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Book review – Discovering Retroviruses: Beacons in the Biosphere

In the already unusual world of viruses, retroviruses stand out for being even more so. Called “retro” because they reverse the flow of genetic information from RNA to DNA, rather than the normal DNA to RNA, they have turned out to be ancient, omnipresent, and incredibly influential. They are also important as they cause diseases such as AIDS. With Discovering Retroviruses, Anna Marie Skalka delivers a book dedicated to this particular group that is as technical as it is fascinating.

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Book review – The Wolf Within: The Astonishing Evolution of the Wolf into Man’s Best Friend

DNA recovered from archaeological remains, so-called ancient DNA, has caused a revolution in our understanding of human evolution (see my review of Who We Are and How We Got Here: Ancient DNA and the New Science of the Human Past). In my review of The First Domestication: How Wolves and Humans Coevolved, I wondered what analyses of ancient DNA would reveal about the domestication of dogs from wolves. I have not had to wait long to find out. Geneticist Bryan Sykes here tells that story, and how man’s best friend subsequently radiated into today’s riot of breeds.

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Book review – The Demon in the Machine: How Hidden Webs of Information Are Finally Solving the Mystery of Life

So, quick question for you. What is life?

Sorry, that’s a trick question, for the answer to this is anything but quick. The mind-boggling complexity that is life, even something as “simple” as a bacterium, somehow arises from atoms and molecules. And yet, physics and chemistry as we currently know it seem incapable of answering how life’s complexity emerges from its constituent parts. With The Demon in the Machine, well-known physicist and cosmologist Paul Davies takes a stab at it, saying we are on the verge of a breakthrough.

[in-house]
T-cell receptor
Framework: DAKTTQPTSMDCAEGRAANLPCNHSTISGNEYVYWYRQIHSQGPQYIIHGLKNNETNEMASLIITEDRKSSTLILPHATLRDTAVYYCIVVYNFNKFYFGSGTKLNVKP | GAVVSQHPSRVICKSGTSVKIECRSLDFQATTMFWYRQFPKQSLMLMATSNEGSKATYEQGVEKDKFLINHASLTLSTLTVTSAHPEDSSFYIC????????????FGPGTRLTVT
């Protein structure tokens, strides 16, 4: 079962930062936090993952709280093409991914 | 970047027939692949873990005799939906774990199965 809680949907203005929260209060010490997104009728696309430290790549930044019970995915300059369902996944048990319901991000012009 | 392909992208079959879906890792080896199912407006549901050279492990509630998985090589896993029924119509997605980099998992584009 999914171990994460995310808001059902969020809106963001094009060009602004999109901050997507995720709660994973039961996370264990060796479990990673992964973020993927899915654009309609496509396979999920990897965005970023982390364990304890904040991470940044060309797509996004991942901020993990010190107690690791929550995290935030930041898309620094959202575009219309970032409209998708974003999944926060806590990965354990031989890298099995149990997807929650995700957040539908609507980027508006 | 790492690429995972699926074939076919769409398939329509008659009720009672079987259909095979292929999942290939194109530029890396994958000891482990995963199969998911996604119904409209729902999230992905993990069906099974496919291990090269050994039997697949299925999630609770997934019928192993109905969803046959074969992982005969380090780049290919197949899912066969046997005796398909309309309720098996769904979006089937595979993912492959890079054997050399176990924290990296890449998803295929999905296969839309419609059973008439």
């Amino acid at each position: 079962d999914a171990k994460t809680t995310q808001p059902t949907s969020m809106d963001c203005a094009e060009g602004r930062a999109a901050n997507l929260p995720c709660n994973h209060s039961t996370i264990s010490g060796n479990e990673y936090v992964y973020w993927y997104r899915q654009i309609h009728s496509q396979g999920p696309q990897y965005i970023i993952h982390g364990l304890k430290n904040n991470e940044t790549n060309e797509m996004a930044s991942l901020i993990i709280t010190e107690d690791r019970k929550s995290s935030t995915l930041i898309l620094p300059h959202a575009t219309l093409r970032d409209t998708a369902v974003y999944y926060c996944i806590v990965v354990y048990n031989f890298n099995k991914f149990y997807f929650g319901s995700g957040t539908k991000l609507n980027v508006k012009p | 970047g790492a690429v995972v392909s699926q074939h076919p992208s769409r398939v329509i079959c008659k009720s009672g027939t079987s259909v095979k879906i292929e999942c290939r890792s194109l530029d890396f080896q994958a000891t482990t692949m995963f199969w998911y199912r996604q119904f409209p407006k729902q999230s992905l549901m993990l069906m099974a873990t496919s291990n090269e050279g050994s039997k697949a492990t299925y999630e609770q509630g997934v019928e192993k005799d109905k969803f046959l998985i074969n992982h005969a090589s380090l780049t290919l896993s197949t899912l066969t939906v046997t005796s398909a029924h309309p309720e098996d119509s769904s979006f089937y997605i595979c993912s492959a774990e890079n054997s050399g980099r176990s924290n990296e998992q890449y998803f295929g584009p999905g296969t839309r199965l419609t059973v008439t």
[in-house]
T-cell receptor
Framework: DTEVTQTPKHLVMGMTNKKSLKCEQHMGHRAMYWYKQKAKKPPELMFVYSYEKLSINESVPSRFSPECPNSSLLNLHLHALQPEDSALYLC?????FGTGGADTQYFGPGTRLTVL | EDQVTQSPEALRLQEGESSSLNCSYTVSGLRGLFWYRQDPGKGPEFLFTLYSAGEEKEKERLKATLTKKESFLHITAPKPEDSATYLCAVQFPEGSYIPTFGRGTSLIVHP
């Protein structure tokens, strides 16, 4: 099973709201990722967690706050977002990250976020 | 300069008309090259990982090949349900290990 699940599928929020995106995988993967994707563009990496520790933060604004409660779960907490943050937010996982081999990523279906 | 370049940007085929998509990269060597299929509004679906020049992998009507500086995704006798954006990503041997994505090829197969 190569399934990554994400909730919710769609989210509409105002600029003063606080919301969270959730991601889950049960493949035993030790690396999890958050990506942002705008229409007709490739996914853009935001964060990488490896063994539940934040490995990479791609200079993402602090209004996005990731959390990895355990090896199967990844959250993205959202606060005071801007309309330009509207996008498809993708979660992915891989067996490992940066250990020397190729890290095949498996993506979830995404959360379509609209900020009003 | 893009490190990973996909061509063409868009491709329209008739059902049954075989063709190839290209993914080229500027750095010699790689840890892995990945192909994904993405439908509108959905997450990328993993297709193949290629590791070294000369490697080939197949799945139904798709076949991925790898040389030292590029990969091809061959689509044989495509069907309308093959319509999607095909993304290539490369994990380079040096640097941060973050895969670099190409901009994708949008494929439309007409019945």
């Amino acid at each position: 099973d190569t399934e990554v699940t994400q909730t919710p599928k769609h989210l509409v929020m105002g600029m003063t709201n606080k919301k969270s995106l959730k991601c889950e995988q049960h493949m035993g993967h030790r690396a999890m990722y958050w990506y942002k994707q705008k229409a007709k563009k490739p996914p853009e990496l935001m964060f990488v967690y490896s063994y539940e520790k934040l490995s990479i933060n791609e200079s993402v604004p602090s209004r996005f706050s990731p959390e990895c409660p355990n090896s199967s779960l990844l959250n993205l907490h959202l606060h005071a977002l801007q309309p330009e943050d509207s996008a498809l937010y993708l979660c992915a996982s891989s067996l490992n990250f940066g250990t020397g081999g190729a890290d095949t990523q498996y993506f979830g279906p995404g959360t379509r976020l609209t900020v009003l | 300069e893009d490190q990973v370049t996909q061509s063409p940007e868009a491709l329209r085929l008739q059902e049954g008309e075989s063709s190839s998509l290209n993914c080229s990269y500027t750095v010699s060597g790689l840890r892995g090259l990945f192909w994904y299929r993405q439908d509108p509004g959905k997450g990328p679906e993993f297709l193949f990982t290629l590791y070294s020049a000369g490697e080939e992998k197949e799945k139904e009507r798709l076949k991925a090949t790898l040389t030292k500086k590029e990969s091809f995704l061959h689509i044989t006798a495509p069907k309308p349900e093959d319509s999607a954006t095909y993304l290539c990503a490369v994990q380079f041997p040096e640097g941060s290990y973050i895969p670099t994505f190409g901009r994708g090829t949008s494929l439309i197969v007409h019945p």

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Book review – Extended Heredity: A New Understanding of Inheritance and Evolution

In my recent review of She Has Her Mother’s Laugh: The Powers, Perversions, and Potential of Heredity, I mentioned how the concept of heredity has become ever fuzzier the more we have learnt about how traits can be passed to the next generation. We have come from a very gene-centric period in biology, but biologists Russell Bonduriansky and Troy Day are ready to shake up the field. Neither a Lamarckian redux nor an attempt to downplay the importance of genes, this book successfully argues that the time has come to take into account non-genetic forms of heredity. Along the way, they provide a very interesting history lesson on how we got here in the first place.

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Book review – The Epigenetics Revolution: How Modern Biology is Rewriting Our Understanding of Genetics, Disease and Inheritance

After the recently published Lamarck’s Revenge: How Epigenetics Is Revolutionizing Our Understanding of Evolution’s Past and Present left me little the wiser on how epigenetics actually works, I decided to track down a copy of Nessa Carey’s The Epigenetics Revolution. As one of two popular books published around the same time, it seemed like a good place to start. Peter Ward was right about one thing, this is indeed a landmark book, even if it is now a few years old.